“We encourage everyone to work on side projects, and to contribute to the coding community,” Ryan says of A Thinking Ape’s strategy for hiring software engineers. “We look for any interesting projects that they list that aren’t school projects,” she adds. “If it’s all you have not that impressive.

“If you want to get into games, start making games,” says Tame. “Don’t wait for anyone to teach you, or tell you.”

Tip 3: Narrow your search

There are dozens of studios based in Vancouver with staff numbers ranging from five to over five hundred. But reaching out to every one of them to ask for a job is not the best strategy according to people and culture manager Lidi Giroux of Eastside Games.

“We like to see students have a vested interest in this studio, rather than spamming every studio with the same cover letter,” she says. “The games we make are different. Our games have a sense of humour … they have a different audience than a lot of other games, so it helps to figure out where people want to work and focus.”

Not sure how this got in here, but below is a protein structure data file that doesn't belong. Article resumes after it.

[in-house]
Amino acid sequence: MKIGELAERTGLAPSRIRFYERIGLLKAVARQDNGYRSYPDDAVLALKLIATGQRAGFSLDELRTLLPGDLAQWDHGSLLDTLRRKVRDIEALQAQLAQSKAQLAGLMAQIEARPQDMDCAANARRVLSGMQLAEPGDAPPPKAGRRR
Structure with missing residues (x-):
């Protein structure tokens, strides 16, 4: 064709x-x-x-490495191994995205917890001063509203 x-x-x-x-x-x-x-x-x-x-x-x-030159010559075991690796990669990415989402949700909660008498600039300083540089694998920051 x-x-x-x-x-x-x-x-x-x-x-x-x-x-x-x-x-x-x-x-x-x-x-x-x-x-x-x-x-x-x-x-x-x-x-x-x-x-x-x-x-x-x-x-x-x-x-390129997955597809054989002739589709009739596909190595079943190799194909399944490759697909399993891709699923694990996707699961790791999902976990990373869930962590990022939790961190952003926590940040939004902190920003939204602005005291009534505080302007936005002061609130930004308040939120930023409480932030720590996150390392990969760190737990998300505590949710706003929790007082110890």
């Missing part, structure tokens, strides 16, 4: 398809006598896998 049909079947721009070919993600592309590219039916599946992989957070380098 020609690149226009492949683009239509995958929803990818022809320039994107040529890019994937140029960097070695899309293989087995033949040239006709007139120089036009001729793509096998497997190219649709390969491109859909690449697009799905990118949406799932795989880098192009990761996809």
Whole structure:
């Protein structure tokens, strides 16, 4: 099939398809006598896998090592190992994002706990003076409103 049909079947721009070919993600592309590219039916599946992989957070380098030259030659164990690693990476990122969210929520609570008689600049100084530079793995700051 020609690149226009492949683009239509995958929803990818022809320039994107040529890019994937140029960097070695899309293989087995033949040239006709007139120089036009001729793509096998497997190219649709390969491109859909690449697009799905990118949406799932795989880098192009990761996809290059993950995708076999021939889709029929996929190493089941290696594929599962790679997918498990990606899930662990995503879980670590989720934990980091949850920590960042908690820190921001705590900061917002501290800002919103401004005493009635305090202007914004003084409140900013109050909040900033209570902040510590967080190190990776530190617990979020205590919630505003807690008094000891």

Every company has its own flavour, says Chan. Choose a couple studios who make games that you appreciate, and study their company closely.

Tip 4: Live for games!

“I was pretty much born in front of a computer,” says Chan of her lifelong obsession with virtual play. “Back in the ‘80s when the first computers that came out, I learned the alphabet on a keyboard.”

A Thinking Ape loves to see candidates with a knack for puzzle games. In fact, the company has a brain teaser posted on their site. “We’ve had a lot of interest in this puzzle,” Ryan says. “Whether it’s software engineers, artists or designers, they all have an interesting approach to it. We’re always looking for people who have an interest in solving problems, who can provide an elegant solution to complex problems.”

Leisure Suit Larry was Chan’s favourite game growing up, while Tame sites one of the early Blizzard games called Black Thorn as his inspiration for entering the industry.

Young game industry employees show gaming is not just a perk—it’s a life’s passion.

This article was originally published in April 2014.